On October 19th, 2018, I was given the opportunity to speak with Matt Signore, the Chief Operating Officer of Warner Music Nashville, a sub-label under Warner Music Group. Mr. Signore offered unique insight to the culture and values of the company, as well as answers to questions about the internal operations of Warner Music Nashville and Warner Music Group as a whole.
HEATHER: How have a labels’ responsibilities changed since you’ve been at Warner?
MATT SIGNORE: I worked for a record company for almost thirty years and in 1991 when I started at Island Records, record companies owned masters of recorded music and sold them on round things that spin (laughter) in various forms, but that was the only business we were in. If it was the touring business or the merch business or any other parts of the artist’s world, the record companies did not participate in them. So at least Warner Music Group, in the neighborhood of 2003- 2004, for the last almost 15 years, started signing these things called 360 deals. When a new artist would sign, we would also participate financially in a share of their touring revenue and a share of their merch revenue. We have divisions of the company that services those rights, so we have a merch company. I think that what business we’re in is what is a record company [does] today, which is a much broader scope of stuff than it was traditionally. So now that I’m at Warner Music Nashville the label [with] artists like Cole Swindell, we will have people at his tour events, we’re looking every day at his merch sales, and when he grows from first support, opening act to headliner—that’s actually a business. We’re in that business in a way that didn’t exist 15 years ago.
H: How does the economy affect the business?
MS: In my experience, [the music industry] has been recession-proof. When there was a financial crisis in 2008, the business was dealing with the digital transformation during that time, but it didn’t change the trajectory of those businesses. I’ve always heard it deemed recession-proof. It’s interesting to hear that entertainment in Vegas goes up during hard times. Entertainment is an outlet in bad times, and it’s not that expensive. Now if the industry were to turn and people were to look at “wow, I’m paying $120 a year for my Spotify subscription and I don’t have a job,” then maybe it could be more impacted by the economy, but historically for me, it has been recession-proof.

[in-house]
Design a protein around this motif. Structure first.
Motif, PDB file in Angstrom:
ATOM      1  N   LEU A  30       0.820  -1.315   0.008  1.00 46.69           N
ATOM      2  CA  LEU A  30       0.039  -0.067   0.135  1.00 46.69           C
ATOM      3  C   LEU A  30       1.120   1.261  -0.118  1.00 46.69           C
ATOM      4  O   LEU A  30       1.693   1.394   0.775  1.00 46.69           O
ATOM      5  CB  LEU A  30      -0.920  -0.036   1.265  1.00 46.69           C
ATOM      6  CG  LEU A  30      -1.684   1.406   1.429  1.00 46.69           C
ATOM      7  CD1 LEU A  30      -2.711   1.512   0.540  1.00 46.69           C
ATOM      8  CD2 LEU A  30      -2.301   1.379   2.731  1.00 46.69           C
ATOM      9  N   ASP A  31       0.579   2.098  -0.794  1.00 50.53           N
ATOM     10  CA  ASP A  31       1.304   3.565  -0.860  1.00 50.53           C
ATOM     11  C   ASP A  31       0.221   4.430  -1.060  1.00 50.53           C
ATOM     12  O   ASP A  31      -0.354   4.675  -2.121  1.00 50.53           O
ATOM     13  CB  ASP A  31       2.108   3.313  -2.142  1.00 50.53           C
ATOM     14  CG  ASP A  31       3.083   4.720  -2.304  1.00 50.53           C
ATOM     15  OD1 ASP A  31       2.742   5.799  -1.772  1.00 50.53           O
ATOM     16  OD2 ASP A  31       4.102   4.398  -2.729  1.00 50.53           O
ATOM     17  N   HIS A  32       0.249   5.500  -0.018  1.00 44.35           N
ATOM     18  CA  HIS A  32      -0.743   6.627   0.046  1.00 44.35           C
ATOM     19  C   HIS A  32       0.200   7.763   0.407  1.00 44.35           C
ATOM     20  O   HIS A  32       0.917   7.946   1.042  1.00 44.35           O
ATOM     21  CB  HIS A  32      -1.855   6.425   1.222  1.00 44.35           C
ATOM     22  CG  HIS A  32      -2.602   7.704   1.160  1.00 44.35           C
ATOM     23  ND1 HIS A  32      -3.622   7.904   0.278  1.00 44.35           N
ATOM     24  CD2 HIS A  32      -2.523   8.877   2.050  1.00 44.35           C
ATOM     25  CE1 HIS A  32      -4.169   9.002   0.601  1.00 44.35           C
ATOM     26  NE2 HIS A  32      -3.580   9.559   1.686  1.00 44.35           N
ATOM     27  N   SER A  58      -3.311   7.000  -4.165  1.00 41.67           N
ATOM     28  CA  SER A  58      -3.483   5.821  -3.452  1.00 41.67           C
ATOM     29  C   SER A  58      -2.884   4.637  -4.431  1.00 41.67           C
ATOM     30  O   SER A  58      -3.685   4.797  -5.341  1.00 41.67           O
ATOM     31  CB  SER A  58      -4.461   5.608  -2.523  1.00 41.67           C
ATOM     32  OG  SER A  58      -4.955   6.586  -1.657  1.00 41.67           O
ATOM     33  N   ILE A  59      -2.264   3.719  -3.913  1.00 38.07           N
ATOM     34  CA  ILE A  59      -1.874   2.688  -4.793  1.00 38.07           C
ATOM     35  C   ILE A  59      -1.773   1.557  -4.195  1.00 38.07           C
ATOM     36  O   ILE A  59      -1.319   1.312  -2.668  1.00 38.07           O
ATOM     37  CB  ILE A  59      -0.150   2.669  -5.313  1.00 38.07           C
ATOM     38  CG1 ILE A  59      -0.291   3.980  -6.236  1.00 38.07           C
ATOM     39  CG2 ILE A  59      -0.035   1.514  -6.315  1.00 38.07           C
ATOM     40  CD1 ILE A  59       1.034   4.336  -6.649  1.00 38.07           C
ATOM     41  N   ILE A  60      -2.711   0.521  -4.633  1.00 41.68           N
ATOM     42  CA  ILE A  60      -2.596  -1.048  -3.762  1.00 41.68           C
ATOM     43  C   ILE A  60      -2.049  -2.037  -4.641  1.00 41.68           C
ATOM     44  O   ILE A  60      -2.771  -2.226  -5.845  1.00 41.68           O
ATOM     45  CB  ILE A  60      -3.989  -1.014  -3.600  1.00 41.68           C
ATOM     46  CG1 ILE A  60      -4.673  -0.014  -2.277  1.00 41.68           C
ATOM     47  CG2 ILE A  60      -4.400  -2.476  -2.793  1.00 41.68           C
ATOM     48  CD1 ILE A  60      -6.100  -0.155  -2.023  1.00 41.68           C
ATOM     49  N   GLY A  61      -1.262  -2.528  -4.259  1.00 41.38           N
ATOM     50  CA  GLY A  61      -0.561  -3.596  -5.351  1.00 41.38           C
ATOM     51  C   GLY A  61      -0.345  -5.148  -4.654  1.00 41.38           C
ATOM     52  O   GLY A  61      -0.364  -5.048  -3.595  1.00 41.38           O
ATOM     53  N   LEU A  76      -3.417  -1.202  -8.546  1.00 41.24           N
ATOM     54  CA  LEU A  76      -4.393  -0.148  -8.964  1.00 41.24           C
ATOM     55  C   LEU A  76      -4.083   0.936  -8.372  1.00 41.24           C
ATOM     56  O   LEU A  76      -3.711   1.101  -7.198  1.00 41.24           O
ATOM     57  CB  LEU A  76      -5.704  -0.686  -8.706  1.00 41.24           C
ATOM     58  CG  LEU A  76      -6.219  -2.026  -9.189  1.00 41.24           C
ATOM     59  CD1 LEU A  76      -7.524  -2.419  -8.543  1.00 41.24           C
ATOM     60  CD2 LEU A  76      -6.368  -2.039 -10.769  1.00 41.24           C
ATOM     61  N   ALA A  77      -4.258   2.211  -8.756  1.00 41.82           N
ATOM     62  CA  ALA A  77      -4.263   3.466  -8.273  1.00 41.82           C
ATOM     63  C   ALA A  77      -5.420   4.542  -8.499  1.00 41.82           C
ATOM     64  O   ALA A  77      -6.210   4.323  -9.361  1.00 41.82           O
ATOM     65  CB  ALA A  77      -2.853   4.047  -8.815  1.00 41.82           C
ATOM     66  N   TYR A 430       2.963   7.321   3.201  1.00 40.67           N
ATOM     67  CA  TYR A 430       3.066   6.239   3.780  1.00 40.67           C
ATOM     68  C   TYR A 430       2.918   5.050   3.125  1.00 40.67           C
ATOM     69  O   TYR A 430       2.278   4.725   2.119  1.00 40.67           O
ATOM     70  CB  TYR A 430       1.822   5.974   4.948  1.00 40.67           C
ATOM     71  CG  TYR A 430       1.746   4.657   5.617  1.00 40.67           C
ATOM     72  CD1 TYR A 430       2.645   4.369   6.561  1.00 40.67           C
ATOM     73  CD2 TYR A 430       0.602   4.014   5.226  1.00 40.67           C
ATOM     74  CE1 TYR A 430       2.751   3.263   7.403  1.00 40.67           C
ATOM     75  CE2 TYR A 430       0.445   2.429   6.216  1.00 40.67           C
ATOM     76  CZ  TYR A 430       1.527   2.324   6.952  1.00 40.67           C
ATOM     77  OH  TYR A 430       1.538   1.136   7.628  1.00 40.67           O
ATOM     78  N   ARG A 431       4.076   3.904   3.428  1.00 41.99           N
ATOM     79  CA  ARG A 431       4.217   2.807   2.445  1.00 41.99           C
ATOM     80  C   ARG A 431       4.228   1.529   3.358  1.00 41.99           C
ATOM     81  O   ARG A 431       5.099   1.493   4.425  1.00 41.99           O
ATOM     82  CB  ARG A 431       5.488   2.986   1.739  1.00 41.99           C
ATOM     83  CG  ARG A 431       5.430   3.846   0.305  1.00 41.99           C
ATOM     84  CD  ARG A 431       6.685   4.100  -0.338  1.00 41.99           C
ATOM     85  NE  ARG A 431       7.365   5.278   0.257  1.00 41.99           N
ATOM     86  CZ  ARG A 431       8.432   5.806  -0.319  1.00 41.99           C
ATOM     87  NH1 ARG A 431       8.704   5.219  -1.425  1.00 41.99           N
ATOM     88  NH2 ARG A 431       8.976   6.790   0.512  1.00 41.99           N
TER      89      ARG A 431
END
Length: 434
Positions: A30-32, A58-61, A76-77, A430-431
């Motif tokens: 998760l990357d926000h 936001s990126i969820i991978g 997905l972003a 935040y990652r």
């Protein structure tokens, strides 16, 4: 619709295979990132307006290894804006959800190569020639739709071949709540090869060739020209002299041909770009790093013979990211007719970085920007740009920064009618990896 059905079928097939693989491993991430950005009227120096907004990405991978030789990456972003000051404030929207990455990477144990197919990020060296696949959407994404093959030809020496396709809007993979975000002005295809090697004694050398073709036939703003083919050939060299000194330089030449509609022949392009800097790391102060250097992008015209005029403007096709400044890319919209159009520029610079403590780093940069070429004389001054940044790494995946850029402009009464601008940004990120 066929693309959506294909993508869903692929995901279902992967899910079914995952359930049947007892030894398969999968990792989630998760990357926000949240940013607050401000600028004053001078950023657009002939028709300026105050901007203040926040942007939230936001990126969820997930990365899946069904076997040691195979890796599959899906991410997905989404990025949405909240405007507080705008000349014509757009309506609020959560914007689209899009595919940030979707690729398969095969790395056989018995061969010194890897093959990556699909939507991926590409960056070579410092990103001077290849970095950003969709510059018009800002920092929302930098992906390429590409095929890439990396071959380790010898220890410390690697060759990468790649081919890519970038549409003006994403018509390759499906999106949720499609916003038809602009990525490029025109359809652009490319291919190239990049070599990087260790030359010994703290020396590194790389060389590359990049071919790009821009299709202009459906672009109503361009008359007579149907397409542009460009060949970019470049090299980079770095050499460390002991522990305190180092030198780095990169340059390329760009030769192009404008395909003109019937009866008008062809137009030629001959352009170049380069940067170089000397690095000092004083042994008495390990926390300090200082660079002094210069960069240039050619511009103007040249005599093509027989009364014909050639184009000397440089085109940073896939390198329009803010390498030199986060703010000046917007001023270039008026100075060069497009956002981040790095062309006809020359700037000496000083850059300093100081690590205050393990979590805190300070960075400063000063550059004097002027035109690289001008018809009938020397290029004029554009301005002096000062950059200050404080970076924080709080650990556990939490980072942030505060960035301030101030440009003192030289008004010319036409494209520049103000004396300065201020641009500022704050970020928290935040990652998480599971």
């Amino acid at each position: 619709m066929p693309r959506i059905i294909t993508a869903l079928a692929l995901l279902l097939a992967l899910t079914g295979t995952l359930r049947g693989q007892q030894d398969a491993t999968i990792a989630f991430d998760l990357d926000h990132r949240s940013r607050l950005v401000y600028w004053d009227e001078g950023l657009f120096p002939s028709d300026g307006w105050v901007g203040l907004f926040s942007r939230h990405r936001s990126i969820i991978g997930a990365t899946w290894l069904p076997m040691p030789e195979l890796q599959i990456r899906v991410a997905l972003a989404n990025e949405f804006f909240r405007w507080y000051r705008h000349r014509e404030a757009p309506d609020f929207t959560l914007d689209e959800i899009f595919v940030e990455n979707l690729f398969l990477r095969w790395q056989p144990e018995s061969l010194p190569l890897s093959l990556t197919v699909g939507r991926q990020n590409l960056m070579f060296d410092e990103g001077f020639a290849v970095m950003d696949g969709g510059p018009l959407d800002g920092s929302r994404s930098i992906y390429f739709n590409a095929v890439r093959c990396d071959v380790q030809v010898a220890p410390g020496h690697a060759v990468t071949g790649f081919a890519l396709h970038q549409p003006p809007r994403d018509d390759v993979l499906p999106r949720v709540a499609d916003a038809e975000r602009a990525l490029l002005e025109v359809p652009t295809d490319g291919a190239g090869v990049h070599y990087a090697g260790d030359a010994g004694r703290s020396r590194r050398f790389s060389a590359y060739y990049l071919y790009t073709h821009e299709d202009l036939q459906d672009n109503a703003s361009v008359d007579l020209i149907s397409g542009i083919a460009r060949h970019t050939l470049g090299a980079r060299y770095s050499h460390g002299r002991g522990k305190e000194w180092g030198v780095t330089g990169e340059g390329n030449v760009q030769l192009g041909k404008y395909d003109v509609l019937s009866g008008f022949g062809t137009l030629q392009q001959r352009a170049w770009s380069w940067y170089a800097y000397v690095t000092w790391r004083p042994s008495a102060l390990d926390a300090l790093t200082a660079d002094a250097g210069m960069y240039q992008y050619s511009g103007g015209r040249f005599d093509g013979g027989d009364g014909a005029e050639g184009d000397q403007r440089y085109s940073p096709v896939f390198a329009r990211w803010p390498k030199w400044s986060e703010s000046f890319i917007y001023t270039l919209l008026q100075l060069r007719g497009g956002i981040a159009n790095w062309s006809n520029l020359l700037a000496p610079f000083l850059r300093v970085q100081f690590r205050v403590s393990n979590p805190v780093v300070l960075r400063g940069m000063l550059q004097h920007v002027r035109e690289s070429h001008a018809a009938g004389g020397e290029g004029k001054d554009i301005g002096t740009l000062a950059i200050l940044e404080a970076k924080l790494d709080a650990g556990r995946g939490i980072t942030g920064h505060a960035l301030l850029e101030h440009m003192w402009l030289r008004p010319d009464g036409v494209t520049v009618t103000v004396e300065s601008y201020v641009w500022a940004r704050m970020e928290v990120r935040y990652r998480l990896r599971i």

H: What are the daily and ongoing operational challenges that Warner faces?
MS: I think it’s streaming. Specifically, Warner Music Nashville is a country music label. Country music has always lagged behind when there is technological change. When the CD business lasted longer but the growth in iTunes downloads were 3 to 4 years behind other genres. Streaming right now for Country music is still not at the level it normally is. As an example, Country music generally (when a format stabilized) landed about 10-12% of the overall music business. Last year, streaming was 5% for country, wherein normal places it’s 10-12%. This year it’s 6-7%. It’s growing more quickly now on a percentage basis than the other genres. And hip-hop is at a place right now where it has never been.… with hip-hop certainly, there are a bunch of things that are consumed massively that are never on the radio. For Country, being on the radio, having a hit on Country radio, developing your body of work and being able to tour, that still works as well. But the streaming thing is the concern—is it ever going to reach that level.
H: What’s your primary goal for 2018?
MS: I’ve only been here for two years. I started at the beginning of 2017. I’ve been at Warner for 13 years in different jobs in New York. But we started 2017 saying that we had 25 artists and we had a goal of breaking at least a couple of those. Even one would be great. Hopefully signing a superstar, which we did. We signed Kenny Chesney this year which is a big *inaudible* for us. Again, not that we could control it, but the hope was that streaming would start to show the growth it needed to. 2017 was a relatively unsuccessful year for us and 2018 was a successful one so we’ve hit all those. Right now the artist that is breaking is Dan and Shay. Dan and Shay’s “Tequila” has become not only played at Country radio but also pop radio and hot AC radio and is consuming incredible well and they have another song called “Speechless.”
It’s always both financially beneficial but also I think more gratifying when it’s someone that you sign brand new. Dan and Shay started to break on the fifth anniversary of signing their deal and they say that Nashville is like a 10-year town. It’s a long process but when someone gets to the other side, that’s our goal.
Mr. Signore says that Warner Nashville has the same three goals for 2019, possibly with the exception of signing a superstar. There just aren’t that many out there.